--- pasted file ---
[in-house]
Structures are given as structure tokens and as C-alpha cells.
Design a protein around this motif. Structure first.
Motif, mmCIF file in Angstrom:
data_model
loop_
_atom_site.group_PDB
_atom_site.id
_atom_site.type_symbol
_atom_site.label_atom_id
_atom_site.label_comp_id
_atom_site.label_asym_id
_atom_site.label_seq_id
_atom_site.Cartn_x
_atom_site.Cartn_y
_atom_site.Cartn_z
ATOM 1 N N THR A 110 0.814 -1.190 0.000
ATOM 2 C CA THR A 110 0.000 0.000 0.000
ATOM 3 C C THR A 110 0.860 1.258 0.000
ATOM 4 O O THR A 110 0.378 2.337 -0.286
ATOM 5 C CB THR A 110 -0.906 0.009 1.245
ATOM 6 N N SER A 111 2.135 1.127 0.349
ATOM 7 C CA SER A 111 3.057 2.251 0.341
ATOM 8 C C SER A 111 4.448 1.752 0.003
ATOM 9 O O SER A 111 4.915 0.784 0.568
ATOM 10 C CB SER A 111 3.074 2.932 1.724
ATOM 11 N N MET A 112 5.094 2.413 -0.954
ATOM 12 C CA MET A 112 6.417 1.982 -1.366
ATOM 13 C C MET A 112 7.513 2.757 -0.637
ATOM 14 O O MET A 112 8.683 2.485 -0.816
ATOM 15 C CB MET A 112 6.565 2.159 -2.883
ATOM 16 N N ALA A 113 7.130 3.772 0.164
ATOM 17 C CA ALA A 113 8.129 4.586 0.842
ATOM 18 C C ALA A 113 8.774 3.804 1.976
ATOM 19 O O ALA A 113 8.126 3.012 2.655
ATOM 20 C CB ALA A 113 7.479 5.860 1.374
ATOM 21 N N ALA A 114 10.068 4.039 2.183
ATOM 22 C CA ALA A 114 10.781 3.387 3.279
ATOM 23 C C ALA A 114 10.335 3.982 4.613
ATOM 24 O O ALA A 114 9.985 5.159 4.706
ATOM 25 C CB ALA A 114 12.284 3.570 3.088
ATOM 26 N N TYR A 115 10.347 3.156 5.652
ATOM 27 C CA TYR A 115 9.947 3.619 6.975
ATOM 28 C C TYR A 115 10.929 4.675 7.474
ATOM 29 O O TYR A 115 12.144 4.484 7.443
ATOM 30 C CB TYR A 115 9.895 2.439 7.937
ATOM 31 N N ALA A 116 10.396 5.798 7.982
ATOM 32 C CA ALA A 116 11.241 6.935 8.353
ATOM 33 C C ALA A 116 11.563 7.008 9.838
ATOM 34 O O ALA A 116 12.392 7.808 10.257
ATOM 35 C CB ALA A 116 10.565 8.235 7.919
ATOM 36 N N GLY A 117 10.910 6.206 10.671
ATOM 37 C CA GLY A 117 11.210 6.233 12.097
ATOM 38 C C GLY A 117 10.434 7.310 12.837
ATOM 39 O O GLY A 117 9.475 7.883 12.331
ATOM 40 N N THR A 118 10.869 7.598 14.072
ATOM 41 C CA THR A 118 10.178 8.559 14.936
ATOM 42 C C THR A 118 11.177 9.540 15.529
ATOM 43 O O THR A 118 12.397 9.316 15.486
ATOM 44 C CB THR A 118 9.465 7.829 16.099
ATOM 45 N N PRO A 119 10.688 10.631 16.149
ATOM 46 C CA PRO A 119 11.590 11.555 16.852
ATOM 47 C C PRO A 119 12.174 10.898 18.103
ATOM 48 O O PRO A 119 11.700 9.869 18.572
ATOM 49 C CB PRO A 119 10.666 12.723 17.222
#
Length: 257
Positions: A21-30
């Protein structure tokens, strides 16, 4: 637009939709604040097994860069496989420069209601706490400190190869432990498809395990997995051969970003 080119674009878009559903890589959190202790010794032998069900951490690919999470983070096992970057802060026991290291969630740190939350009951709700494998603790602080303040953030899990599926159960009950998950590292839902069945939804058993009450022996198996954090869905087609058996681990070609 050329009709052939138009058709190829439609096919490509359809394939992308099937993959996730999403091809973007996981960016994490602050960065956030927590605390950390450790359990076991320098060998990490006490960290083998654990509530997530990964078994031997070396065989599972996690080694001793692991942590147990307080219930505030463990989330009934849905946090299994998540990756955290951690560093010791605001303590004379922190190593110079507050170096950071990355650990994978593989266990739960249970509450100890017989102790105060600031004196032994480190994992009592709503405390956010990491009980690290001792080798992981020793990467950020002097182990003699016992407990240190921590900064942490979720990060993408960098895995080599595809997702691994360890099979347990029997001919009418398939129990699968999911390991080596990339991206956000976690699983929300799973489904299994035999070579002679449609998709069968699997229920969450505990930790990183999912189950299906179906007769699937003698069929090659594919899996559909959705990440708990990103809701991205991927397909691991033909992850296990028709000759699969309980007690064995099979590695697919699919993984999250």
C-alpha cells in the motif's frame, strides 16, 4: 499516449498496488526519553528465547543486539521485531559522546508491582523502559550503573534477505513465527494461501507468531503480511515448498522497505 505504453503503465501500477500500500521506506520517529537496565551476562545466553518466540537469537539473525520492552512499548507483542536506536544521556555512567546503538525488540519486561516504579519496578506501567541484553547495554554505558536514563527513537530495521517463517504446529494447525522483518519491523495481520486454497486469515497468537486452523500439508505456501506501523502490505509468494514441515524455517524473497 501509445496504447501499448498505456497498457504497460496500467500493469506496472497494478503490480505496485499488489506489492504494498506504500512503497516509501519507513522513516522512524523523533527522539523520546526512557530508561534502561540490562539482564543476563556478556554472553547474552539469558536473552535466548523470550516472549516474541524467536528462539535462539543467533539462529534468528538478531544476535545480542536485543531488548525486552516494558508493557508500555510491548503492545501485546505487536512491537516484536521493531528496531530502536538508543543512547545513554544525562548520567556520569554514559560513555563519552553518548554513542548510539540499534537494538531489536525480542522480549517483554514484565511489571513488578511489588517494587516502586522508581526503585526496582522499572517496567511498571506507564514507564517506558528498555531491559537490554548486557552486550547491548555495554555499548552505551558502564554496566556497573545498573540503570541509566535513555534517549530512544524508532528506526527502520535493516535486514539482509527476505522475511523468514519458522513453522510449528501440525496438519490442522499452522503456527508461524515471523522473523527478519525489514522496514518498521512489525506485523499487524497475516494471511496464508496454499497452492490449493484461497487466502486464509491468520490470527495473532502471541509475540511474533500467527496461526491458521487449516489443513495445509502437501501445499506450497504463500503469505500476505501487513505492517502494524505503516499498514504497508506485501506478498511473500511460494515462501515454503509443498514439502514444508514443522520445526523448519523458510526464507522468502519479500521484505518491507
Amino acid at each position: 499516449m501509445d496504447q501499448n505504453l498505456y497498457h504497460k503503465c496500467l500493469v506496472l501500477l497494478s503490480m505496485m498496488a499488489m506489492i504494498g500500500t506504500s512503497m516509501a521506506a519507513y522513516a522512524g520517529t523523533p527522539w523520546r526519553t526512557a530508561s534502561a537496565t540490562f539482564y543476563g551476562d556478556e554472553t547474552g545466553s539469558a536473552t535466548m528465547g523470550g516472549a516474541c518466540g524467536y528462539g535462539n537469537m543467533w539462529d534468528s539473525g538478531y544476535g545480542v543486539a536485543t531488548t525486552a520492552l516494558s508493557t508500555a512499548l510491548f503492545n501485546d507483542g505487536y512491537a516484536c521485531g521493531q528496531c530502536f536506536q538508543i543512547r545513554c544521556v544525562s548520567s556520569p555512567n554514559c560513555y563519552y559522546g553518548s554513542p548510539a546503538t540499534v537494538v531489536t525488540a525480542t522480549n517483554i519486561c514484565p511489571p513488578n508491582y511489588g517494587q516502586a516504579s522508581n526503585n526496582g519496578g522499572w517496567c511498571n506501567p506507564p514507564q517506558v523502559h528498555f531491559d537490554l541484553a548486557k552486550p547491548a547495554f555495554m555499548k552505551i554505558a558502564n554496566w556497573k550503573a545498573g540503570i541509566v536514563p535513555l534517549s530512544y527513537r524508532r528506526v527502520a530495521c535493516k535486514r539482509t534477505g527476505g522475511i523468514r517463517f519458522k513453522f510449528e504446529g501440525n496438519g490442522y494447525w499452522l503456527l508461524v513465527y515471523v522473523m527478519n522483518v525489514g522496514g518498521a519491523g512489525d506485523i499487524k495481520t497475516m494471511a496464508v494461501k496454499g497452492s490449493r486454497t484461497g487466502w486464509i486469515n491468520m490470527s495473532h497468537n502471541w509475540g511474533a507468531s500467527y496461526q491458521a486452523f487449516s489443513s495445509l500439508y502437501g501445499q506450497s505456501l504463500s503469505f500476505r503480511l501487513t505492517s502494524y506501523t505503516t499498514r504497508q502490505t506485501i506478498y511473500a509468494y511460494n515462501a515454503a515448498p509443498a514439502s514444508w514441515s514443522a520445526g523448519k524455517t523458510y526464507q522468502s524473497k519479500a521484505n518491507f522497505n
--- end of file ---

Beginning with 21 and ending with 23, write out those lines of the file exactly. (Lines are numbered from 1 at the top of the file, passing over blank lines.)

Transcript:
ATOM 5 C CB THR A 110 -0.906 0.009 1.245
ATOM 6 N N SER A 111 2.135 1.127 0.349
ATOM 7 C CA SER A 111 3.057 2.251 0.341